Monday, July 30, 2007
Rosa Parks Way
While driving to a picnic on Saturday, I was disoriented to discover that a portion of "Capitol Parkway" had been renamed Rosa Parks Way. I was first struck by the criminal nature of this pun, and then secondly struck by how it seems typical of how misguided much of black community politics is.
Much self-consciously "black" politics seems to focus on either the deification of early leaders or rent seeking. Strivers such as Martin Luther King, Rosa Parks, Thurgood Marshall, and Jessee Jackson are celebrated, in a move that both marginalizes non-Southern black political cliques and obscures the actual nature of their opponents. The other purpose of the movement appears to be the political diversion of funds from other parts of the conomy. Companies are Coca-Cola are urged to spend resources on the victorious southern black clique, while "affirmative action" programs broaden the clique's powerbase in an iron triangle of patronage.
Latino politics, in contrast, seems focused on a different goal: increasing the number of latinos. This has been quite effective. Rising from negligible status, latinos have risen to be the largest "minority" group in the country. At their current rate of growth, it's likely that in the future "Latinos" will be all places and no places in the same way that, say, "German-Americans" are.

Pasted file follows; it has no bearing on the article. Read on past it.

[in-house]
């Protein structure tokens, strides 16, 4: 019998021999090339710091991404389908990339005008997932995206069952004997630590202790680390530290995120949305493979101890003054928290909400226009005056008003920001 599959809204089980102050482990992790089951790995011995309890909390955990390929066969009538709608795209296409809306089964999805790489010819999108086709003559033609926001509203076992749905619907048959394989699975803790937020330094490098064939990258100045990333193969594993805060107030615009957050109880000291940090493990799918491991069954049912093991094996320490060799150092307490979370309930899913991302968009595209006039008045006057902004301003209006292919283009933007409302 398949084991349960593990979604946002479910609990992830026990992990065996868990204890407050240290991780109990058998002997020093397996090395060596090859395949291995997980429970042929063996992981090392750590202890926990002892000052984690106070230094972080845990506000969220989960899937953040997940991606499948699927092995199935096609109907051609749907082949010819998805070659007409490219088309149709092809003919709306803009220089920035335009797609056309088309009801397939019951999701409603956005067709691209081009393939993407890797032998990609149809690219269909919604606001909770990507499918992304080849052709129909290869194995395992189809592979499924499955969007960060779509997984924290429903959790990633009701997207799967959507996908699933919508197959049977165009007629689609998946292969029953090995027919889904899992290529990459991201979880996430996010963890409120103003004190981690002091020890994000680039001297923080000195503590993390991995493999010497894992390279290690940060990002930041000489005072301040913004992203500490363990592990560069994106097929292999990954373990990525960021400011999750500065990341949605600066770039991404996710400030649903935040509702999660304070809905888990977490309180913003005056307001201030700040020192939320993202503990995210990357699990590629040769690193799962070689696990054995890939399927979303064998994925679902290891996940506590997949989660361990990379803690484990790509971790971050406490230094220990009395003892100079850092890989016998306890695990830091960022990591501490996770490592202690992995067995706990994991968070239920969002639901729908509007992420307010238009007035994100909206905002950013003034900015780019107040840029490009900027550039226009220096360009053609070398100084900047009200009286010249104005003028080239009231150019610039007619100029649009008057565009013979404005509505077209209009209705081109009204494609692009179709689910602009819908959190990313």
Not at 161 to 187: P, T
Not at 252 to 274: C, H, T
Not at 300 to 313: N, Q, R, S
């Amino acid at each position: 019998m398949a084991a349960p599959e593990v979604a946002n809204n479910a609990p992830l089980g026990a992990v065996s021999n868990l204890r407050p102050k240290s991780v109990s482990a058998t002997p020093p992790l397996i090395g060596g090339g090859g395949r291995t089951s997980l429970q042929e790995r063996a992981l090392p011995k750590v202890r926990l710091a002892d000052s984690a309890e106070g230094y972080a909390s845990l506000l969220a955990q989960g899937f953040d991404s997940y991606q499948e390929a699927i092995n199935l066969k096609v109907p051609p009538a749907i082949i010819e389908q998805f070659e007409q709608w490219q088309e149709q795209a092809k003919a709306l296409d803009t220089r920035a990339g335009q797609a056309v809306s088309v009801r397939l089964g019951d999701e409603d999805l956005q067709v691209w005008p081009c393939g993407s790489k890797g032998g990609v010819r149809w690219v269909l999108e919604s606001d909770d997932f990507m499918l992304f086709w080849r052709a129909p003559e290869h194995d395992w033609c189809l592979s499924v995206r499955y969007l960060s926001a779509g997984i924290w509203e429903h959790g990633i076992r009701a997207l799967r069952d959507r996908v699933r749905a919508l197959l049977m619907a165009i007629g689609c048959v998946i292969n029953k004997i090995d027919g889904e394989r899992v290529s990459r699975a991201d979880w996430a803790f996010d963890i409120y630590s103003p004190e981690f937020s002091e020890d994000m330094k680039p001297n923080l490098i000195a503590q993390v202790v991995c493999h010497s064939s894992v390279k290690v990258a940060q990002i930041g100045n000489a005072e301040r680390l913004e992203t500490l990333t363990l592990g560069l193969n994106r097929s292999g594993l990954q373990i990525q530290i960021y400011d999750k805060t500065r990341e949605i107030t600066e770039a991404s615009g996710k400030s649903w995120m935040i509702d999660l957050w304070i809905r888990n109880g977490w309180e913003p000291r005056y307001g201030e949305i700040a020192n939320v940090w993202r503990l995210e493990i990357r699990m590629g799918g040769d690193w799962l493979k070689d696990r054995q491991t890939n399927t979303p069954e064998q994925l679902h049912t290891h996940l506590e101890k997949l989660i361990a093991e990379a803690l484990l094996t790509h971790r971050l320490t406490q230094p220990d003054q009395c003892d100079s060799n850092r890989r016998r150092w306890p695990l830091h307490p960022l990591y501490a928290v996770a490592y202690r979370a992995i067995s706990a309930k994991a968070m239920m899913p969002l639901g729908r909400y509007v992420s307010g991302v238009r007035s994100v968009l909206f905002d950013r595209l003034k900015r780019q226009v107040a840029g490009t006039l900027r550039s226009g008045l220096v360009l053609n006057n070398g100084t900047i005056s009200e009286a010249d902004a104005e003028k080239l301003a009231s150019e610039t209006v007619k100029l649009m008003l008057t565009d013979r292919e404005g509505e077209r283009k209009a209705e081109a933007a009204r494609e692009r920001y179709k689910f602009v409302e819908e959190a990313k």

America may be tuned for a large supply of low-wage labor, but the fact is that labor is not coming from the Afro-Carribena or even Africa. The largest quantity of new immigrants are coming from Mexico and the rest of Latin America.
In part because of their different political strategies, the "black community" has consumed greater resources than would otherwise be the case but have made little systematic headway over the past generation. Latinos, by contrast, are becoming every more powerful.
Because they have avoided the "Rosa Parks Way" of doing politics.
To help illustrate your point: How many Asian-Americans are there in congress?
I don't know, and I don't care.
The point is that by any measure the Asian-American population is, by any measure, doing extremely well in this country. The great tragedy of black America is that they fell into this belief that in order to be equal, they needed equal representation in the 'halls of power'. This representation, and now some say over-representation has not benefited them one iota. In fact, it has been to their great detriment. Now that they have streets in their names, is that what they needed to now get ahead?
Posted by: Joel Helgeson | Monday, July 30, 2007
Economic reality ultimately determines political reality. This has been recognized by black public intellectuals . Sadly, the predictably disasterous coalition of socialists and opportunists  outlasted, outlived, and outmaneuvered such men.
Posted by: Dan tdaxp | Wednesday, August 01, 2007